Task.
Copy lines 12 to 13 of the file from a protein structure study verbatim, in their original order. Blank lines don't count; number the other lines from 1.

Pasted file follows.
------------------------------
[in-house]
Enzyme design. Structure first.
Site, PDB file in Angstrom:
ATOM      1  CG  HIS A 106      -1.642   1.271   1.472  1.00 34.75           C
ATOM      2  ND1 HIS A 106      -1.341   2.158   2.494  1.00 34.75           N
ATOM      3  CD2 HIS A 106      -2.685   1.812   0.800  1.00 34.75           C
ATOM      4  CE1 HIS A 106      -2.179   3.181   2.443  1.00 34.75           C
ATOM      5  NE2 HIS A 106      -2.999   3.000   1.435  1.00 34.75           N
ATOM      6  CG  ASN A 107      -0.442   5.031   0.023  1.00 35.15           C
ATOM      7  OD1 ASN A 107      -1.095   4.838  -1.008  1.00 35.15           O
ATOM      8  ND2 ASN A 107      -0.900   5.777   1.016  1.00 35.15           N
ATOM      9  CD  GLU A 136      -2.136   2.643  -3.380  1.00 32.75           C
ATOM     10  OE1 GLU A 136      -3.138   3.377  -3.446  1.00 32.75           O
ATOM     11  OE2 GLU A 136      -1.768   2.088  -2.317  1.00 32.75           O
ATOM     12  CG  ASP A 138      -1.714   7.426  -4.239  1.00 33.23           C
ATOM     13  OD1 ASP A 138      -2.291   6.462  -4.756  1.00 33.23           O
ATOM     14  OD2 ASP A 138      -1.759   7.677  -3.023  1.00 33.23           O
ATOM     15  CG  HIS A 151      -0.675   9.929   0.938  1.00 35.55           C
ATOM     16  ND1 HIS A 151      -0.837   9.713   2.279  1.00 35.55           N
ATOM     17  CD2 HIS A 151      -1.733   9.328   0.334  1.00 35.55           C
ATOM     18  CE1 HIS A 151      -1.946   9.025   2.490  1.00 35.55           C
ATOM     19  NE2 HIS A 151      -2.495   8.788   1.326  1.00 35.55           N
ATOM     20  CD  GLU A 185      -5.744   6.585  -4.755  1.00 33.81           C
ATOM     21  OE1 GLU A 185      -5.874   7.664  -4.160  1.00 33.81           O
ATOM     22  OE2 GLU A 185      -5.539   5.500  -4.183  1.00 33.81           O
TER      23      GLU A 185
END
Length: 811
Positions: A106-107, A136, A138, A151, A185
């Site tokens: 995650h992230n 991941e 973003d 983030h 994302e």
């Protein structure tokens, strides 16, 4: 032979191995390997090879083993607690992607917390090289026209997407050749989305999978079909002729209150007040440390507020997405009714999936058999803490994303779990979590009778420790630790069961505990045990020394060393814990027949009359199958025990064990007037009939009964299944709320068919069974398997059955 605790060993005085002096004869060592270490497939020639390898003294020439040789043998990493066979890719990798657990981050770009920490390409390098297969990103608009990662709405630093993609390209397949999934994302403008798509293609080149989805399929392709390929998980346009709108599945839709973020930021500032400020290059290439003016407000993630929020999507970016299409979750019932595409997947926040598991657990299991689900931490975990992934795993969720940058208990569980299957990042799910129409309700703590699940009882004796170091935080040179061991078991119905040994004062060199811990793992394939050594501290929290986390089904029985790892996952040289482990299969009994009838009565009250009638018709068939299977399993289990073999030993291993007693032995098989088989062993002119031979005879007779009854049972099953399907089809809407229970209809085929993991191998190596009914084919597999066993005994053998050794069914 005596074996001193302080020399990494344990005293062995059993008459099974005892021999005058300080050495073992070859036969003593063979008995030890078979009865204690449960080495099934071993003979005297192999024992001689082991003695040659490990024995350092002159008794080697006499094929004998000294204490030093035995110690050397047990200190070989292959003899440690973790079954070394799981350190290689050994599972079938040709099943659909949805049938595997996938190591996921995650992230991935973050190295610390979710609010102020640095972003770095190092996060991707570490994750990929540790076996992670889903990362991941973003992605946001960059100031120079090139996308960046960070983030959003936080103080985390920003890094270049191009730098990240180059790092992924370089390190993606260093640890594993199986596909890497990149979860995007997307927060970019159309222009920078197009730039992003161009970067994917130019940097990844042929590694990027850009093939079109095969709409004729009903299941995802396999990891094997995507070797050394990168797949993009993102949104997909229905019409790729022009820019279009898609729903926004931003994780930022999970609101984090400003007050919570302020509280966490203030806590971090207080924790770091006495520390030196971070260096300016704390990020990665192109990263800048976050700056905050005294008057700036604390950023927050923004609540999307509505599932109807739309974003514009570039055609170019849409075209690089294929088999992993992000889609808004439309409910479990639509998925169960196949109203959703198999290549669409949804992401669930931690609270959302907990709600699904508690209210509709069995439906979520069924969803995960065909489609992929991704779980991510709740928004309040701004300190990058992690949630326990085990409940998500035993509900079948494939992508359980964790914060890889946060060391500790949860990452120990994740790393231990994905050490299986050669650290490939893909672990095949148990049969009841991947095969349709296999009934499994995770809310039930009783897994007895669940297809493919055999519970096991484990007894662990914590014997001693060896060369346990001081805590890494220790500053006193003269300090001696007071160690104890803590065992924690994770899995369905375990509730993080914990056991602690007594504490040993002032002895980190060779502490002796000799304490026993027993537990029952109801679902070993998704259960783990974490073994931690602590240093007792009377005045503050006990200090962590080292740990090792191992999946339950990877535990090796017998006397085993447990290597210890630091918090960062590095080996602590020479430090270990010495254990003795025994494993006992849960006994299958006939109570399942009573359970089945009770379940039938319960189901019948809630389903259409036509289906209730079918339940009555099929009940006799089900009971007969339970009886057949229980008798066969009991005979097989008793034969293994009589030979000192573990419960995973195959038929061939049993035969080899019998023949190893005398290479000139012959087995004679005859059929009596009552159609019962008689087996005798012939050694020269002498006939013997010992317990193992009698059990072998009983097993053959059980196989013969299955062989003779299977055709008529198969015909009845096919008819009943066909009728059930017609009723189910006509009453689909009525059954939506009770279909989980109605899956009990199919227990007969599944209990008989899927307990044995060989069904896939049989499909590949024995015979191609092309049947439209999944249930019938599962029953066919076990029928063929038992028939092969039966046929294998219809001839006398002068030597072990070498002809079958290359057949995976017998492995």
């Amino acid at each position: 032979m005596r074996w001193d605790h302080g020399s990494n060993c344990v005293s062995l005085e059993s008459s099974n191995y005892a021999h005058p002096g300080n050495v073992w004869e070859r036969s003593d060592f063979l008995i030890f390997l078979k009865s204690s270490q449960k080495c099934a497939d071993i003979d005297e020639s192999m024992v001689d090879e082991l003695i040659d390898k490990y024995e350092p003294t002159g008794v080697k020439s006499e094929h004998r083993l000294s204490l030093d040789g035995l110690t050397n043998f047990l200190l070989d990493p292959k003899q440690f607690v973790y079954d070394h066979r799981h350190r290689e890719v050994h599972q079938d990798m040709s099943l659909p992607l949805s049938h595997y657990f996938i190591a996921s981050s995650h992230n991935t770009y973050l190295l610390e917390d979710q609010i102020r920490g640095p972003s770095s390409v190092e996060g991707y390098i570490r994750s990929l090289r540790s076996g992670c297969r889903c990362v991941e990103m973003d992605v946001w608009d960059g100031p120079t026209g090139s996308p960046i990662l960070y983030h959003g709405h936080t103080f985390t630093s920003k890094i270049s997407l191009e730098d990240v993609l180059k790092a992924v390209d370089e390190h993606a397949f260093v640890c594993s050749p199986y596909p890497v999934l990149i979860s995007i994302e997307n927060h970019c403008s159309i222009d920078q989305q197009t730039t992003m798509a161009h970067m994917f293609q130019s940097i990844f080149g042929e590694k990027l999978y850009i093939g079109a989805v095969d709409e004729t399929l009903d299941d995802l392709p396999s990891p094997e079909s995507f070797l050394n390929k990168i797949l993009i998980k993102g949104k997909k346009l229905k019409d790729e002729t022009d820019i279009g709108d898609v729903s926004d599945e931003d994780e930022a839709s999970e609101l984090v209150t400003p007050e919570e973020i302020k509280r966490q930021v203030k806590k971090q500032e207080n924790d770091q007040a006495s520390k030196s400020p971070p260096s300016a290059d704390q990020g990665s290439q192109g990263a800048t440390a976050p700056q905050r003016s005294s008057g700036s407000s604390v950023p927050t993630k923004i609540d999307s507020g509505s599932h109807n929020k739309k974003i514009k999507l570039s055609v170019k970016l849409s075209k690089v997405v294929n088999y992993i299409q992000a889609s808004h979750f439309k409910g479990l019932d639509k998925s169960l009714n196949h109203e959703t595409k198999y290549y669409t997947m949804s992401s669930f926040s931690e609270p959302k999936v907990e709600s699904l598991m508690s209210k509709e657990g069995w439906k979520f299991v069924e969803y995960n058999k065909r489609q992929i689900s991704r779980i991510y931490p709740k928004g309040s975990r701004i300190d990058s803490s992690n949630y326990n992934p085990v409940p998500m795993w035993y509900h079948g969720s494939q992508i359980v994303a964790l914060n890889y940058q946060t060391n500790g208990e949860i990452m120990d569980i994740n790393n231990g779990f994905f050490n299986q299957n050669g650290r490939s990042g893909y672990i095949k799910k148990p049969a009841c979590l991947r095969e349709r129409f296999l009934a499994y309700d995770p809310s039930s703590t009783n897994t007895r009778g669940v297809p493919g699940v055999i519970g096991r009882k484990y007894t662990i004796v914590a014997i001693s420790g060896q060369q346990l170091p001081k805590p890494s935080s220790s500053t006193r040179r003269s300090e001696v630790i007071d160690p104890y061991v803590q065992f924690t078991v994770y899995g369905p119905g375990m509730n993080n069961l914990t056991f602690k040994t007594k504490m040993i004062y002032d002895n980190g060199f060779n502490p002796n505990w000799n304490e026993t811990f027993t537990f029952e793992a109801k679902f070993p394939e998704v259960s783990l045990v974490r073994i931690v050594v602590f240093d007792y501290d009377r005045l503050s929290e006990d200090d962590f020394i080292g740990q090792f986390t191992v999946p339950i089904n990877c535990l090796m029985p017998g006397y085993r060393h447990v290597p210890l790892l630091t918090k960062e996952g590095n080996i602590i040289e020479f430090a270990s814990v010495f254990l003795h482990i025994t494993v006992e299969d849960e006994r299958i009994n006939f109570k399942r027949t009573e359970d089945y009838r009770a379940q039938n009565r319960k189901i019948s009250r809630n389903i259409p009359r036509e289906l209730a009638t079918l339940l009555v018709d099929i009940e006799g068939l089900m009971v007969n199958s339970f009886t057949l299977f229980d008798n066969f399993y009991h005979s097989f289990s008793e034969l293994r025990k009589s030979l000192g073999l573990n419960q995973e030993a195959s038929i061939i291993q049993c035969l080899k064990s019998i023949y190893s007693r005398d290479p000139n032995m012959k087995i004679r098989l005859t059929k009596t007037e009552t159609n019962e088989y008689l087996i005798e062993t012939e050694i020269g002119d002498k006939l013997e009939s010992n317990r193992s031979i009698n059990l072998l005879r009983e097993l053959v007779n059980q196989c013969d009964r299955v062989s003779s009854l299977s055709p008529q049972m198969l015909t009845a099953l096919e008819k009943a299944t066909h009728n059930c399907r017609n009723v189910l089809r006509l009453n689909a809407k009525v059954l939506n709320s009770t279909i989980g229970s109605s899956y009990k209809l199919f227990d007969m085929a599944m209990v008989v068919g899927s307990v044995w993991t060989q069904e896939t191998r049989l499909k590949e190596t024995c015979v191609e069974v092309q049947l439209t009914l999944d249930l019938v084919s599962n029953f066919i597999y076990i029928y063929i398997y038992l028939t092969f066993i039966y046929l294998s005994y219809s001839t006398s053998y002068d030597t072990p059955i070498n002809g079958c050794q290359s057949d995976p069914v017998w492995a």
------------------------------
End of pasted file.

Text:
ATOM      9  CD  GLU A 136      -2.136   2.643  -3.380  1.00 32.75           C
ATOM     10  OE1 GLU A 136      -3.138   3.377  -3.446  1.00 32.75           O